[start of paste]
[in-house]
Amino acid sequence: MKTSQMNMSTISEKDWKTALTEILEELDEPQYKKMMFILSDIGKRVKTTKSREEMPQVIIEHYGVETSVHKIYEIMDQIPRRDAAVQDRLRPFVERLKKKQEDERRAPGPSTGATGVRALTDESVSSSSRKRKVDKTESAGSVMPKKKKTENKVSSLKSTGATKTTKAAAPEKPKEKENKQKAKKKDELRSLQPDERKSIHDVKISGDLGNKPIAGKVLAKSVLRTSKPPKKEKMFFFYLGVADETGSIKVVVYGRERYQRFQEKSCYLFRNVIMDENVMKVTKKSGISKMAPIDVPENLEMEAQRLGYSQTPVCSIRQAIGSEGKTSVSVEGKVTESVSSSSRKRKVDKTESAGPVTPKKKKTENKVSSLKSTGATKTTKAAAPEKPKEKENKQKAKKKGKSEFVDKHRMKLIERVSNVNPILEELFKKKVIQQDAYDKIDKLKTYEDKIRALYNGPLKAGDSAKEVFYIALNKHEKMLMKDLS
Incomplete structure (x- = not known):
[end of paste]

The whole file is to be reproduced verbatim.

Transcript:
[in-house]
Amino acid sequence: MKTSQMNMSTISEKDWKTALTEILEELDEPQYKKMMFILSDIGKRVKTTKSREEMPQVIIEHYGVETSVHKIYEIMDQIPRRDAAVQDRLRPFVERLKKKQEDERRAPGPSTGATGVRALTDESVSSSSRKRKVDKTESAGSVMPKKKKTENKVSSLKSTGATKTTKAAAPEKPKEKENKQKAKKKDELRSLQPDERKSIHDVKISGDLGNKPIAGKVLAKSVLRTSKPPKKEKMFFFYLGVADETGSIKVVVYGRERYQRFQEKSCYLFRNVIMDENVMKVTKKSGISKMAPIDVPENLEMEAQRLGYSQTPVCSIRQAIGSEGKTSVSVEGKVTESVSSSSRKRKVDKTESAGPVTPKKKKTENKVSSLKSTGATKTTKAAAPEKPKEKENKQKAKKKGKSEFVDKHRMKLIERVSNVNPILEELFKKKVIQQDAYDKIDKLKTYEDKIRALYNGPLKAGDSAKEVFYIALNKHEKMLMKDLS
Incomplete structure (x- = not known):